In the news: the debate over breast cancer screening

04 November 2015


Our understanding of the benefits and harms of breast cancer screening continues to evolve.

You may have heard in the news last month that the American Cancer Society is now recommending that women should start screening for breast cancer with mammography at age 45; they previously recommended starting at age 40.

But many other health organizations, including the Canadian Cancer Society, recommend that women wait until the age of 50 to begin regular breast cancer screening. Both Alberta Health Services and the Government of the Northwest Territories also recommend waiting until the age of 50.

We understand it can be very confusing to have different recommendations coming from various health groups. That’s why we’ve asked Rob Nuttall, an expert on cancer control issues such as prevention and screening, to bring some clarity to this debate.

Why are there different screening guidelines?

The updated American Cancer Society recommendations are closer to Canadian Cancer Society recommendations and those of other major health organizations, although some differences do exist.

These differences are a result of the expert panel taking into consideration US demographics and cancer trends, healthcare delivery, and patient values and preferences.

Will these recommendations have an impact on screening in Canada?

The changes to the American Cancer Society’s recommendation will not affect the recommendations of the Canadian Cancer Society, or provincial/territorial screening programs.

The Canadian Cancer Society recommendations are also based on scientific literature and are informed by the Canadian context.

The Society’s recommendations are in line with other major organizations like provincial/territorial screening programs, the Canadian Task Force on Preventive Health Care and the International Agency for Research on Cancer (an agency of the World Health Organization). 

What are the benefits and harms of screening?

Almost every medical procedure has benefits and risks. It’s important to be aware of them so that you can make an informed decision that’s right for you.

Women who have regular mammograms are more likely to survive breast cancer and have a better quality of life through less treatment and less time recovering; however, having regular mammograms can lead to the test suggesting cancer even though cancer is not present (a false positive) or finding cancers that may never cause any symptoms or decrease life expectancy or quality of life (overdiagnosis).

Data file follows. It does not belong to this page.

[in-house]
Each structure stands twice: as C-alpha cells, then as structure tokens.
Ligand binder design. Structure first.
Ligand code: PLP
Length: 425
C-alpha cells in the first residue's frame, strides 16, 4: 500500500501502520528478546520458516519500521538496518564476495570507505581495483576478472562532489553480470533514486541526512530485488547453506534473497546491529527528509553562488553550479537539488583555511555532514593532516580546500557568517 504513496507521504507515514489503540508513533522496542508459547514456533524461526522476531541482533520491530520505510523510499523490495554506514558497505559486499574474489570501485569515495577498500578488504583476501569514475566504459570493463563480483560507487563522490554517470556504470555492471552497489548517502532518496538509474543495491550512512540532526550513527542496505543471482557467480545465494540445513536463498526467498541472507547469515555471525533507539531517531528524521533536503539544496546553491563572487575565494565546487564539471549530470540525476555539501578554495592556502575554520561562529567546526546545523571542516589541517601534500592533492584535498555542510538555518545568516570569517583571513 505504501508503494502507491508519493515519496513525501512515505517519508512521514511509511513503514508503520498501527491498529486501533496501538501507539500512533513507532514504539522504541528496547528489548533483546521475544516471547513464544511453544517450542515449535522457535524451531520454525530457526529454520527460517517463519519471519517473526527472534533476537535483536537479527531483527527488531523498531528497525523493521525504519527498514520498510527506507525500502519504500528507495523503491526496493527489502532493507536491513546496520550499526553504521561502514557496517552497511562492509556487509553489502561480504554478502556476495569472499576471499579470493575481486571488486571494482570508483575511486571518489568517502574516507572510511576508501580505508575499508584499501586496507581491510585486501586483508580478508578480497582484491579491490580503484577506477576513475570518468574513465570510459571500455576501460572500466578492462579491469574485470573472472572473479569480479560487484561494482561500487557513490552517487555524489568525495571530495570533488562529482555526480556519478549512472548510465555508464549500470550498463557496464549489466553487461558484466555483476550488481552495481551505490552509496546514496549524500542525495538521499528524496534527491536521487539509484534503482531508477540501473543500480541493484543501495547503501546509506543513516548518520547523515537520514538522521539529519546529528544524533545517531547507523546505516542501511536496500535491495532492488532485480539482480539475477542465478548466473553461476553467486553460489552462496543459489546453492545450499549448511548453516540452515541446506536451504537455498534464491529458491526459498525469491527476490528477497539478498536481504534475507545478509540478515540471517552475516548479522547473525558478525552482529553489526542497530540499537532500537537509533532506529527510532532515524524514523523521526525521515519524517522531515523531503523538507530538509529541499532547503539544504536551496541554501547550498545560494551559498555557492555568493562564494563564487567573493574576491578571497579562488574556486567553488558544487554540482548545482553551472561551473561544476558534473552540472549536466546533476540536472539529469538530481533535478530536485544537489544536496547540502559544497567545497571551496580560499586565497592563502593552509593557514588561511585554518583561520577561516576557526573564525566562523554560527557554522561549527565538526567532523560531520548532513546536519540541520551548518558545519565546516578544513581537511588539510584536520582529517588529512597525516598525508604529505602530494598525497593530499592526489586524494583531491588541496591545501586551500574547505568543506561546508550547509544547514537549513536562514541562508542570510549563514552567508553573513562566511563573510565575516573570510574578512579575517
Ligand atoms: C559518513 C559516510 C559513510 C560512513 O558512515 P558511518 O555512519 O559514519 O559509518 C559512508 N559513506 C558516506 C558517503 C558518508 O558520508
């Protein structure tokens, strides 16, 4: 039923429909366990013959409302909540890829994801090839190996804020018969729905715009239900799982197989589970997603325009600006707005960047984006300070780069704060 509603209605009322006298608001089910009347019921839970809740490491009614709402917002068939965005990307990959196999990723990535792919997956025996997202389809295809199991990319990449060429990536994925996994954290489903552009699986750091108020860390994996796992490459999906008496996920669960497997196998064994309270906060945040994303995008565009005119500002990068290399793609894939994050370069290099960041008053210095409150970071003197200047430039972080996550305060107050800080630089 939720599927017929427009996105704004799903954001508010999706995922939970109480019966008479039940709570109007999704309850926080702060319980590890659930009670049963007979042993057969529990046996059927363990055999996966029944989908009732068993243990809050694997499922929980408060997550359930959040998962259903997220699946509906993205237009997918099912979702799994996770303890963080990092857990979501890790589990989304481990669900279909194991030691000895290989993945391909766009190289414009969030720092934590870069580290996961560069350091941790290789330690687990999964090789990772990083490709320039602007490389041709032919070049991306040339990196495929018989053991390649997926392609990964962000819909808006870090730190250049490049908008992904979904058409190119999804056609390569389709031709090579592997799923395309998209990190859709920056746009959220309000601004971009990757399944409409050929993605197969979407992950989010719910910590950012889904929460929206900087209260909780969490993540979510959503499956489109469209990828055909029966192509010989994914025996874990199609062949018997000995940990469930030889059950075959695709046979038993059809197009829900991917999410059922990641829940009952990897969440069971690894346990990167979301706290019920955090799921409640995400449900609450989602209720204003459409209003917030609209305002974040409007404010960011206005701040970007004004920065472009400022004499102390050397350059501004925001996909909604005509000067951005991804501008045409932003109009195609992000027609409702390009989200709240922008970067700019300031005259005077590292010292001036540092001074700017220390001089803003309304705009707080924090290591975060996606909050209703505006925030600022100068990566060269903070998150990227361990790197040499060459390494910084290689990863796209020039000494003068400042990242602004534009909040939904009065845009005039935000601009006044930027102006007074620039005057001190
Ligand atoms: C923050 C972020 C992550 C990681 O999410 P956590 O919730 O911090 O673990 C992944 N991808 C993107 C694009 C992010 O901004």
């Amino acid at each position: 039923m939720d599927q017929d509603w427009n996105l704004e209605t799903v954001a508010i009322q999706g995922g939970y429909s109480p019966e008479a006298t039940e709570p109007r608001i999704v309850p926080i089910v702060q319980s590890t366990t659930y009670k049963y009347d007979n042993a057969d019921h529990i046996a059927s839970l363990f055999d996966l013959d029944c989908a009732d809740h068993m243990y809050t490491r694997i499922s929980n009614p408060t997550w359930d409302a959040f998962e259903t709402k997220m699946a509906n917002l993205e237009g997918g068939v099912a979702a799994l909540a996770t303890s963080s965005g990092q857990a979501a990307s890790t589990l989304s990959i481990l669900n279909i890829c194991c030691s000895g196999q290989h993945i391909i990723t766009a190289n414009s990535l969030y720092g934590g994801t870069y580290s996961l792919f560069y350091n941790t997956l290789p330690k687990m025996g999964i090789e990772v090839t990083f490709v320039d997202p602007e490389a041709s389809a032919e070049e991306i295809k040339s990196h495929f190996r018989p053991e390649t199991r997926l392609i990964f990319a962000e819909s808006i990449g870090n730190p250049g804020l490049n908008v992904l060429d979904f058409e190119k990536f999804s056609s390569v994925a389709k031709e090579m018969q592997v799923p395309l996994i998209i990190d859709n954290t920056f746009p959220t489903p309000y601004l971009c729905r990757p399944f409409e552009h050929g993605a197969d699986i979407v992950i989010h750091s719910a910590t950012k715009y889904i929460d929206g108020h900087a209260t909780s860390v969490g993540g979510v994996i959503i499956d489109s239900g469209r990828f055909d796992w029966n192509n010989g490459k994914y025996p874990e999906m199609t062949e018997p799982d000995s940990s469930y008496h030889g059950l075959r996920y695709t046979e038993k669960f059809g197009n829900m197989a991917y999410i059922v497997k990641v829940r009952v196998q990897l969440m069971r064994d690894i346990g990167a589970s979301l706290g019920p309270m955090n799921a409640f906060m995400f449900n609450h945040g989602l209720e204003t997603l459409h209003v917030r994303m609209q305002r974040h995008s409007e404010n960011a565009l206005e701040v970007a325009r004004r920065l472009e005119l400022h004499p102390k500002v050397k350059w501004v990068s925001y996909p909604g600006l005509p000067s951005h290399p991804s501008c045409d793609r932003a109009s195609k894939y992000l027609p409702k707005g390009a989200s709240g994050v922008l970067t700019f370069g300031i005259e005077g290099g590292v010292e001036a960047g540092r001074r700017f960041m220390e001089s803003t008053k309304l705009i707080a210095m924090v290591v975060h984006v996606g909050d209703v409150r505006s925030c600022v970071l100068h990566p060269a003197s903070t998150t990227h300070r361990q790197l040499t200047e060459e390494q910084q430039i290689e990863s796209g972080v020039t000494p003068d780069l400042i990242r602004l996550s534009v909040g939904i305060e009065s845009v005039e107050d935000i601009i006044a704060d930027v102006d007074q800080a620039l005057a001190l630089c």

What should you do?

The Canadian Cancer Society recommends that:

  • women aged 50 to 69 have a mammogram every two years
  • women aged 70 and older should talk to their doctor about how often to have a mammogram
  • women aged 40 to 49 should talk to their doctor about their risk of breast cancer and about the benefits and risks of mammography

Each province sets their own guidelines for their breast cancer screening programs. In Alberta, women aged 50 to 74 are automatically enrolled in the province’s breast cancer screening program and can receive regular mammograms.

If you are a woman in the eligible age group for screening in your province, talk to your doctor about getting regular mammograms to reduce your risk of dying of breast cancer.

More information on the Society’s recommendations for breast cancer screening can be found here on

Rob Nuttall is the Assistant Director, Cancer Control Policy, with the National Office of the Canadian Cancer Society. Rob and his team work across the cancer control spectrum, from prevention and screening to end-of-life care. Rob has spent his career in the field of cancer control, from doing laboratory-based biomedical research to informing health policy activities for the Canadian Cancer Society. After completing his PhD in Physiology from the University of Western Ontario, he spent several years in England and Halifax as a cancer researcher and eventually transitioned into doing research on science policy. He joined the Canadian Cancer Society in 2009 as a Health Policy Analyst with the Cancer Control Policy team.

Back to the November 2015 issue of Cancer Challengers